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Tuck-back Takeuchi


Nick Johnson reports on the latest Takeuchi FR mini excavator whose minimal front and tail swing allows operation in more confined spaces.

Whilst the use of ‘ultra’ swing compact excavators, with minimal front and tail swing, is common in Japan, only Takeuchi offers a CE marked range in this country. The latest addition to its FR series is the TB128FR, which weighs 3360kg and will have its UK exhibition debut at the Executive Hire Show.

The ability to slew around with a loaded bucket tucked up beside the cab minimises disruption to traffic during road works.

Takeuchi first introduced its FR compact excavator design in Europe at Intermat in May 2000. Whilst there initially was a 1.5 tonne FR mini, bigger machines proved more popular here, and the current ultra-swing

range comprises the 3860kg TB138FR, the 5615kg TB153FR and the 8325kg TB180FR, as well as the latest model.

Introduced as a replacement for the former TB28FR, the TB128FR incorporates Takeuchi’s clever tuck-back boom design. On FR series excavators, the boom foot is mounted between two parallel swinging arms. This patented parallelogram arrangement allows a standard digging bucket (maximum width 460mm) to be brought right back alongside the machine’s cab, to allow 360° slewing in an area much less than is required by conventional minis of the same size class.

Minimal front overhang

With the bucket folded right back beside the cab, the front of the TB128FR only protrudes around 210mm beyond the side of its track. This arrangement allows digging in front of the machine and discharge into a dumper behind it, whilst occupying a working width of less than 1.9m. The geometry also allows parallel digging right across the front of the excavator, including in line with either track. Unlike the traditional boom offset arrangement found on compact excavators, the cab continues to face forward when digging in line with either track. On a conventional mini with an angling boom kingpost, the superstructure and cab has to be turned more when offset digging, and the operator does not get such a direct view of the operation.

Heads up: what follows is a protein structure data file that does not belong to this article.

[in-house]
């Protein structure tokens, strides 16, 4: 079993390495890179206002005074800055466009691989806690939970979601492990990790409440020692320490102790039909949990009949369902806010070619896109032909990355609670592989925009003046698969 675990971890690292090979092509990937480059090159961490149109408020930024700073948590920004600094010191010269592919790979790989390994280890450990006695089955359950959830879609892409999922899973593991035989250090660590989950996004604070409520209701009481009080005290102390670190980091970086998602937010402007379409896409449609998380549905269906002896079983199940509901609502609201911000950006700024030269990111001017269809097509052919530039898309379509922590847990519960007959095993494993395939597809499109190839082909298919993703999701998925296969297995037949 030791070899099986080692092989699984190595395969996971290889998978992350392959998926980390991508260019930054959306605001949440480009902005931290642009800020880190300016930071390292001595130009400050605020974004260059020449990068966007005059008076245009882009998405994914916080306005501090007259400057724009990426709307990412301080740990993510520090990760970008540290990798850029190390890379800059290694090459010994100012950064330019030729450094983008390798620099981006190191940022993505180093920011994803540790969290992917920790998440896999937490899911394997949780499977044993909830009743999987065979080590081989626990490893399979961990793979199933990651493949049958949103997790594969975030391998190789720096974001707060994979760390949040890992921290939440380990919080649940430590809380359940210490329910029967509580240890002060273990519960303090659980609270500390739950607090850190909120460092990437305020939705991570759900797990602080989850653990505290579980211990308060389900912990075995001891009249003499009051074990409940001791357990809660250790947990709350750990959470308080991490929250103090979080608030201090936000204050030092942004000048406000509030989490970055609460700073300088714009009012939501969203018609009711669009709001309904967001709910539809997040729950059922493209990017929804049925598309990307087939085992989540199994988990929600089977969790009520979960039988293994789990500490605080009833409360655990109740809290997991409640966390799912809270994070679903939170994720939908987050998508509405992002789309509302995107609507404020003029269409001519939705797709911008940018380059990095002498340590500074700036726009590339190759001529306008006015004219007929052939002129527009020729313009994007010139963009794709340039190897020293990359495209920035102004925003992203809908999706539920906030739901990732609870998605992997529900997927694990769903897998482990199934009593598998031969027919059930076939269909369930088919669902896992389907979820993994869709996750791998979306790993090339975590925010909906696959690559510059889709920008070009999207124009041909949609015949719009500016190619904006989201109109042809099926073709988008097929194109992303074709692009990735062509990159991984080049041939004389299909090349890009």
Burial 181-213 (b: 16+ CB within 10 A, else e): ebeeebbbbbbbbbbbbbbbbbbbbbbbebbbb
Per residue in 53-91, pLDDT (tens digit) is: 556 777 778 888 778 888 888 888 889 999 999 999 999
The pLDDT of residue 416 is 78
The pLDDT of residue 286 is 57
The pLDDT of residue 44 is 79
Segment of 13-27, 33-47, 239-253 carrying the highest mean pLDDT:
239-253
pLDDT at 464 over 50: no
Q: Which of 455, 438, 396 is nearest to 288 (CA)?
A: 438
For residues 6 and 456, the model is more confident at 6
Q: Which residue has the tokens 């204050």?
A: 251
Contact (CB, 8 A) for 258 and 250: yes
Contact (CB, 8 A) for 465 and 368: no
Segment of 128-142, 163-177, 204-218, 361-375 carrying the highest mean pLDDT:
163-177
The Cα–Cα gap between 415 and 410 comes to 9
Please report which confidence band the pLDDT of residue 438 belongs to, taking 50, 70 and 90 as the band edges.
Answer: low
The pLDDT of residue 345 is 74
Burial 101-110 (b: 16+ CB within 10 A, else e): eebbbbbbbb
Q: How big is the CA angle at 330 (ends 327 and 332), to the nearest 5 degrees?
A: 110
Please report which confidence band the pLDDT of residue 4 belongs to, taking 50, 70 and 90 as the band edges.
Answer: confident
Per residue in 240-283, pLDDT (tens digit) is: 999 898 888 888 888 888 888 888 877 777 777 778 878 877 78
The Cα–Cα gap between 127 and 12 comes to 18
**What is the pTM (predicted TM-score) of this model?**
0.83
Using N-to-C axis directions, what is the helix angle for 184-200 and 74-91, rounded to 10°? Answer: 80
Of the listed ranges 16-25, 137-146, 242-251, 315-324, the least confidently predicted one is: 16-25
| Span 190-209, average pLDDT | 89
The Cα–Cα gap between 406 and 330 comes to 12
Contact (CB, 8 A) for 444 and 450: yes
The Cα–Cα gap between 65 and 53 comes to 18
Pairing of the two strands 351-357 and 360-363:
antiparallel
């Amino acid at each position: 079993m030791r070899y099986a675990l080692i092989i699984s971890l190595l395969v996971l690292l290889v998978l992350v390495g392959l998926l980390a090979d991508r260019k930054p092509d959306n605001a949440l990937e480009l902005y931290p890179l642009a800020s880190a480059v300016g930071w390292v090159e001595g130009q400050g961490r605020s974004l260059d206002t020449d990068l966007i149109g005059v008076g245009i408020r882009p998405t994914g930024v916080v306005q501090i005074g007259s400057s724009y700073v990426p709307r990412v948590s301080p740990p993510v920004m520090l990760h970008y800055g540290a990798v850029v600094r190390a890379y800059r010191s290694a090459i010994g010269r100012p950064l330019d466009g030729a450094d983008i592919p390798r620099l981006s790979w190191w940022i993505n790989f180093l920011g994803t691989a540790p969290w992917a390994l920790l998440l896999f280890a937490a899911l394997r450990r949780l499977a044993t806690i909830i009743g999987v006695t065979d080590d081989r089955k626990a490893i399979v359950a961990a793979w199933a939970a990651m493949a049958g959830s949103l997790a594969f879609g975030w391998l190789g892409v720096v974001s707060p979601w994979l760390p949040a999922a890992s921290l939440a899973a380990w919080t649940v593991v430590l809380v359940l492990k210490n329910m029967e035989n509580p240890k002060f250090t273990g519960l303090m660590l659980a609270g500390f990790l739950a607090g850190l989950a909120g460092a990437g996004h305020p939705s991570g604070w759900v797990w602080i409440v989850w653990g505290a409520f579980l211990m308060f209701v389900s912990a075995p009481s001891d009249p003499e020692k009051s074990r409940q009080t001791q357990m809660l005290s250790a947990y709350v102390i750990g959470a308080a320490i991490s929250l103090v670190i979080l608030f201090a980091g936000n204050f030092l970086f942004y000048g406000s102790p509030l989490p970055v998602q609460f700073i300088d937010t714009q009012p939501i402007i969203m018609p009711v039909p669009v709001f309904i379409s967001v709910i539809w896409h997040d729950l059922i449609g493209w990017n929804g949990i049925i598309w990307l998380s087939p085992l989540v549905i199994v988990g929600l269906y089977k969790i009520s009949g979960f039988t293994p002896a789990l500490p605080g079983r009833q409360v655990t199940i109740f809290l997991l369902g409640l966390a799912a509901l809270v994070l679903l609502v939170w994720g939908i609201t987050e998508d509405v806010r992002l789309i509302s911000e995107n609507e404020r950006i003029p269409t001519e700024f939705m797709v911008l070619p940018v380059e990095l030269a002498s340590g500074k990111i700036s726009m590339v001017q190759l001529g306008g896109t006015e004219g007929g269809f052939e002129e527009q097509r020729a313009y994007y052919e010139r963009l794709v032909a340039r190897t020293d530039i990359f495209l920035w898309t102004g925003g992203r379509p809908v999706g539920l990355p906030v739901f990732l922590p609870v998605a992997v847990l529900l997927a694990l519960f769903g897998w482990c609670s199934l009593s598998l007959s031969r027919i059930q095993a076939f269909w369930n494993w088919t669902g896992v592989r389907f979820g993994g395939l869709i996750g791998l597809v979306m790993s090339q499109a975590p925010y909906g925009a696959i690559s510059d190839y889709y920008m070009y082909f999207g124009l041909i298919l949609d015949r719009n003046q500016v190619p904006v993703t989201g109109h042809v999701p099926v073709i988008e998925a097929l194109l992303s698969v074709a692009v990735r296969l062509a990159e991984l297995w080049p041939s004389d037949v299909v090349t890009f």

To tailor the FR machines for self-drive hire, Takeuchi has wisely made the tuck-back boom operation as simple to use as possible.


The parallelogram frame incorporates a mechanical pin lock that prevents the boom being angled back into the front of the cab. As the boom base support arms are swung to the right, the pin is automatically retracted once the boom is beside the machine’s cab. The system also sensibly incorporates electronic sensors which automatically prevent the boom being angled back until the operator has activated an Attachment Interference Prevention Switch (AIPS).

Every time the machine is switched on, the system assumes that a wide attachment may be fitted, and boom tuck-back is restricted. Where a bucket with a width of 460mm or less is attached, full tuck- back can be achieved after the operator has turned the rotary AIPS setting to the M position.

Like Takeuchi’s conventional swing TB228, the TB128FR is powered by a 17.5kW (23.5hp) Yanmar 3TNV82A engine. The FR model is 460kg heavier, 100mm wider and has a slightly reduced maximum digging depth at 2575mm compared with 2875mm. Rear overhangs (beyond the edge of the tracks) are 555mm for the TB228 and only 85mm for the TB128FR. However, operators of the ultra swing mini need to be aware that, when latched back, the fully opened cab door does protrude a little beyond the machine’s rounded superstructure.

The TB128FR has a tilt-up cab to aid service access, two-speed travel, pilot operated hydraulics for the main functions and an updated engine monitoring system. The price premium is in the order of 8 to 10% over the TB228, but hirers should be able to command a higher rate for a machine that can work in very confined spaces.

A significant number of UK hirers have added the larger FR models to their fleets, and Takeuchi has high hopes that the TB128FR will find favour with those wanting a 3.4 tonne class mini offering distinct operational advantages.

• 01706 657722

The boom geometry allows parallel digging right across the front of the excavator, including in line with either track.

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